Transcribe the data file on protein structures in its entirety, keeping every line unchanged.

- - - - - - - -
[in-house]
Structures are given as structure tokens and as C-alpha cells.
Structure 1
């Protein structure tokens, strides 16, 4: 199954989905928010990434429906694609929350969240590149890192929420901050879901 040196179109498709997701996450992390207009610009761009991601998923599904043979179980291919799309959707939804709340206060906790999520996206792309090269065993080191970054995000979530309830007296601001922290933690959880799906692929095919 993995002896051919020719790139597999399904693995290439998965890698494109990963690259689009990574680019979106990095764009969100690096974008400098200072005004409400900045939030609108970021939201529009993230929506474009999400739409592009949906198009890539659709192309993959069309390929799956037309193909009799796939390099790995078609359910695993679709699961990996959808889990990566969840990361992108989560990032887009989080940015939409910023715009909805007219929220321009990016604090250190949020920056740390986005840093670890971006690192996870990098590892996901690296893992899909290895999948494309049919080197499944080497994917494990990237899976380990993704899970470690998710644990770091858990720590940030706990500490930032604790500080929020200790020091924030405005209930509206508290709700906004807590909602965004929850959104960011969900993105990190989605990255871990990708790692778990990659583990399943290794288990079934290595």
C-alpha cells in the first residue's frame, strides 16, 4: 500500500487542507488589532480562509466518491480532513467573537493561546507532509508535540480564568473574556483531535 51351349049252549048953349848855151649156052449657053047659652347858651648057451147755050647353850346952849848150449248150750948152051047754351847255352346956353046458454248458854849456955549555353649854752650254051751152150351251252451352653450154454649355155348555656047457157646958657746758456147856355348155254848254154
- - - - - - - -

[in-house]
Structures are given as structure tokens and as C-alpha cells.
Structure 1
């Protein structure tokens, strides 16, 4: 199954989905928010990434429906694609929350969240590149890192929420901050879901 040196179109498709997701996450992390207009610009761009991601998923599904043979179980291919799309959707939804709340206060906790999520996206792309090269065993080191970054995000979530309830007296601001922290933690959880799906692929095919 993995002896051919020719790139597999399904693995290439998965890698494109990963690259689009990574680019979106990095764009969100690096974008400098200072005004409400900045939030609108970021939201529009993230929506474009999400739409592009949906198009890539659709192309993959069309390929799956037309193909009799796939390099790995078609359910695993679709699961990996959808889990990566969840990361992108989560990032887009989080940015939409910023715009909805007219929220321009990016604090250190949020920056740390986005840093670890971006690192996870990098590892996901690296893992899909290895999948494309049919080197499944080497994917494990990237899976380990993704899970470690998710644990770091858990720590940030706990500490930032604790500080929020200790020091924030405005209930509206508290709700906004807590909602965004929850959104960011969900993105990190989605990255871990990708790692778990990659583990399943290794288990079934290595």
C-alpha cells in the first residue's frame, strides 16, 4: 500500500487542507488589532480562509466518491480532513467573537493561546507532509508535540480564568473574556483531535 51351349049252549048953349848855151649156052449657053047659652347858651648057451147755050647353850346952849848150449248150750948152051047754351847255352346956353046458454248458854849456955549555353649854752650254051751152150351251252451352653450154454649355155348555656047457157646958657746758456147856355348155254848254154